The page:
Upon first glance at A Story of the End: Revere, you may see some similarities to RPGs of the 16 bit era and that’s not necessarily a bad thing. A Story of the End was created using the RPGMaker MV tool, a notorious tool that either garners love, or hate depending on the experience you may have had with it’s created games. Steam frequently features RPGMaker games for better or worse. A lot of these games are rushed to the store and feature horrible writing, and cheap production value even for a low cost. There are good RPGMaker games on the market, and with some tweaks, it appears this game could be one of them.
A Story of the End: Revere starts off in a small village, where the main character Troy wakes up in a bed being tended to by a humanoid creature that resembles a rabbit. Troy was a part of a squad that had just massacred a small village, but Troy himself saw the error of his ways and decided not to join in the massacre. He was found shortly after by our new Half Human/Half Rabbit friend. The game starts once Roland enters and decides to trust that Troy is not among those who wanted to massacre innocent people. Roland and Troy first decide to undertake some quests from the quest board, which was a neat feature that displayed mini quests for you to undertake.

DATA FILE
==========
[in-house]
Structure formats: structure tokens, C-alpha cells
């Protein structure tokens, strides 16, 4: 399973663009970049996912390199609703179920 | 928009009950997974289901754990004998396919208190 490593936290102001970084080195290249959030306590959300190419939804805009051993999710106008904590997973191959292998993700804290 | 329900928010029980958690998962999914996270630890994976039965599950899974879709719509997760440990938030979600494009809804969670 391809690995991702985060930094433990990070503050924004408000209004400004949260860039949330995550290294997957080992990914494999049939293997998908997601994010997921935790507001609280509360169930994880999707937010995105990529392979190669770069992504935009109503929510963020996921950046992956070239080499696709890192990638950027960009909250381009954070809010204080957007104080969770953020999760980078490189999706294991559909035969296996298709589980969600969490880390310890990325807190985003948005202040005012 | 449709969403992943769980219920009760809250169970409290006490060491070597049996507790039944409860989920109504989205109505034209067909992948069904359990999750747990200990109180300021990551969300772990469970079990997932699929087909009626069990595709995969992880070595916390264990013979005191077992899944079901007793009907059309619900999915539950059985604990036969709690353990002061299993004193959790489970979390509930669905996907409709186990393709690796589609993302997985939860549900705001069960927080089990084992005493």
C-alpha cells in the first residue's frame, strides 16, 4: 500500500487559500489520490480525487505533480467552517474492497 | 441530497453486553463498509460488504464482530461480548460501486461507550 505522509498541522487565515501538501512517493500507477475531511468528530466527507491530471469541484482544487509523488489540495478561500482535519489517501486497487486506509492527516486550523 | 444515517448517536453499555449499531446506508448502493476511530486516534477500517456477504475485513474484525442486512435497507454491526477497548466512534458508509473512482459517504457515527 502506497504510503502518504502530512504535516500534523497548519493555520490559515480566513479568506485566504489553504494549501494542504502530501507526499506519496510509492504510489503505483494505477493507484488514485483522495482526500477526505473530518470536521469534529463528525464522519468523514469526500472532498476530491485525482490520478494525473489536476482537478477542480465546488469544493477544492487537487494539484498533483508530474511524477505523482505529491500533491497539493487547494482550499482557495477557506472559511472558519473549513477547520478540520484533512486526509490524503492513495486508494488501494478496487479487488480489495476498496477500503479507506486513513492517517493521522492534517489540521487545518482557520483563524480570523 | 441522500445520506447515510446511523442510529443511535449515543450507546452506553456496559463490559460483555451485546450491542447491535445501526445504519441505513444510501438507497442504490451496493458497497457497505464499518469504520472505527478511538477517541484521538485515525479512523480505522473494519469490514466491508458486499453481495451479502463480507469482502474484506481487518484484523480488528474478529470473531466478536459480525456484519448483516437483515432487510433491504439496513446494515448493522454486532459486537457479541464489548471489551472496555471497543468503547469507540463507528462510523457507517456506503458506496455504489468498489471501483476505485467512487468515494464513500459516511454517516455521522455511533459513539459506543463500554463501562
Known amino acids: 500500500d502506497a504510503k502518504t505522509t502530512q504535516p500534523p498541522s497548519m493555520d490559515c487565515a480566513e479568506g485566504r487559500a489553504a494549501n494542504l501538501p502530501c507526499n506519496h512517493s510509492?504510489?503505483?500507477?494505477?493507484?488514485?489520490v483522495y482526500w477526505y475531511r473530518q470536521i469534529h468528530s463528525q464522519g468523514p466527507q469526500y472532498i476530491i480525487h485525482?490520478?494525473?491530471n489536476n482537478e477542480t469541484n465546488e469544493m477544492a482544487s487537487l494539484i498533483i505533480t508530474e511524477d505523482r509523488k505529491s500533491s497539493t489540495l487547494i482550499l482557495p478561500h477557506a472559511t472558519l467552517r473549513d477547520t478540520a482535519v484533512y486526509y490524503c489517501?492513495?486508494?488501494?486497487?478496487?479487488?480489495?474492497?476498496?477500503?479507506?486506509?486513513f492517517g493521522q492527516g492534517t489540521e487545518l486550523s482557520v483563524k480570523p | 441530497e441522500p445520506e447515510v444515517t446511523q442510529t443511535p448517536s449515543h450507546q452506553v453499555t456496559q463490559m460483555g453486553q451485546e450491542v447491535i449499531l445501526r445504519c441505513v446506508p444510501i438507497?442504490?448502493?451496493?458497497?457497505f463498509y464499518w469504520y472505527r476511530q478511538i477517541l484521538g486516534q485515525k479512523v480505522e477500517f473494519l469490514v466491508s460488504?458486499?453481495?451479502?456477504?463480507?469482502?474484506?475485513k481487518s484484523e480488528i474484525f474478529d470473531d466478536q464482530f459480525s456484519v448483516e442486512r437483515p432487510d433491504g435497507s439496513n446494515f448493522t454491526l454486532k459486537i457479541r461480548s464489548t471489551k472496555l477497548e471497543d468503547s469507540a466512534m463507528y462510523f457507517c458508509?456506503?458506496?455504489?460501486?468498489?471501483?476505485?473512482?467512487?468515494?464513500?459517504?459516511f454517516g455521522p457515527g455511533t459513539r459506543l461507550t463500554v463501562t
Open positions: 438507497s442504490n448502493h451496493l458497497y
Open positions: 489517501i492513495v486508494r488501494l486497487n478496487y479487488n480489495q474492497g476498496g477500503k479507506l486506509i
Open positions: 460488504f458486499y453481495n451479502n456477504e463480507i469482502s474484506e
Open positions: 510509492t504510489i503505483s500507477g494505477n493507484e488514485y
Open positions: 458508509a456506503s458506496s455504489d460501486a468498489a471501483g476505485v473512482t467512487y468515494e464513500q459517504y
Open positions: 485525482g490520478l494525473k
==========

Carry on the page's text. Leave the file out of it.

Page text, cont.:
Most of the quests were fetch quests and involved gathering drops by random encounters. I loved the idea of these miniquests, but to my disappointment as soon as I collected the needed items for the quest, I was immediately rewarded instead of realistically taking the needed items to the quest giver. After finishing all the quests, the real story starts, where some folks from the village go missing. After leaving the village to try and find them, I encountered the most shocking scene in the game thus far.
At this point, things had really began to pick up and I wanted to see where this was going, after a boss battle shortly after this, the demo concluded. The game has a few neat features not found in many JRPGs, such as a way to stack commands in battle, and a way to change how frequently you would have random encounters outside of town. You can also change a setting to have as many or as few encounters as you’d like from having an encounter with almost every step you take, to NEVER having encounters. This demo shows a lot of promise, with just a few bugs/gripes such as, no explanation when Troy transforms into another being in the boss battle, it doesn’t tell you how to attack the boss (protip: You need to click repeatedly on the boss) and occasional weird clipping errors such as using a west exit yet appearing on the east side after a screen change. The story seems interesting, and dark despite using some fluffy humanoid characters. This game shows a lot of promise, and if the developers take their time and show it some love, could really make this a fun game. When it arrives in stores, I recommend checking it out!